Parimuslikud kohamaaratlused ja liikuvate ohuallikate kaardistamine usundilistes juttudes
TRADITIONAL PLACE DESIGNATIONS AND THE MAPPING OF MOBILE SOURCES OF DANGER IN BELIEF NARRATIVES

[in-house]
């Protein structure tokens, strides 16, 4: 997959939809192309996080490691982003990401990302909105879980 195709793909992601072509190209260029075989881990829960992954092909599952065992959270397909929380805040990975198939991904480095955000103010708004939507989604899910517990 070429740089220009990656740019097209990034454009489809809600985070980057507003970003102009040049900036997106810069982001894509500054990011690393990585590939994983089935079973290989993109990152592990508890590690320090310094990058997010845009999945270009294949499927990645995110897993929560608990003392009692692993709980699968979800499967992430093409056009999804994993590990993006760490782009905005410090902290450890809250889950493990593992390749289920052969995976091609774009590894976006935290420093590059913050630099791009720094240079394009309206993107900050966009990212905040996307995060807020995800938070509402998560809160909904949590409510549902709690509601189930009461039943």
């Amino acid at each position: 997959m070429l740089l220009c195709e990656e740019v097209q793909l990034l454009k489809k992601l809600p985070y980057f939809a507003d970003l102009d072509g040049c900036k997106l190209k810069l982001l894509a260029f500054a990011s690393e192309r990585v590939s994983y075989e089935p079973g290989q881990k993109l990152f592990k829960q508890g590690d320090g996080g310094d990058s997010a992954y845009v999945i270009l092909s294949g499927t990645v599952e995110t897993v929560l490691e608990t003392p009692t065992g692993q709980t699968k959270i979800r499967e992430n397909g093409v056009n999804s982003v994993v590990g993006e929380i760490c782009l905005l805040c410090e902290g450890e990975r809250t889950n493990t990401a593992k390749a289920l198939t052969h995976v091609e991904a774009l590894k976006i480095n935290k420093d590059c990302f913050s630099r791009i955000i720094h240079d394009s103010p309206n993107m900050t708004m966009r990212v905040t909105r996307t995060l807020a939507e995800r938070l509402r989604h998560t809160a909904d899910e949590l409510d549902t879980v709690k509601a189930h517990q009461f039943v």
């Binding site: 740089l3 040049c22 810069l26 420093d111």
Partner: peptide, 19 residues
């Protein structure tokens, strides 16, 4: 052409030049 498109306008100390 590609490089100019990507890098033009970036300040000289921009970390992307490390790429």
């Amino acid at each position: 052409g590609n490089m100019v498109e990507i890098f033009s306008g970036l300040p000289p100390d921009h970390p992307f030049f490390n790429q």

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The article provides an overview of the mediation of cognitive danger mapping based on traditional place designations in belief narratives. Firstly, processes of cognitive mapping are observed, using the example of plague tradition, and further on, parallels are drawn with modern religious phenomena, such as spiritual mapping in Neo-Pentecostalism, which aims to identify places in the landscape where demons lie in wait for humans, as well as delimiting the movement trajectories of dangerous criminals by way of their narrative localisation with concrete place designations in the landscape. As a novel feature, the article focuses on narrative localisation phenomena in connection with mobile sources of danger, which are not related to concrete places. The author demonstrates the similarities in the evolution of cognitive danger maps in older legends (e.g. plague legends) and in modern media-influenced belief narrations about potential and real criminals. Also, the importance of such danger maps in selective information collection and remembering is discussed, as well as how it determines the re-narration and behaviour. The author concludes that, in addition to pragmatic causes of origin (an aid for safe moving in space), narrative danger maps have a securing function supporting the subjective feeling of coping.
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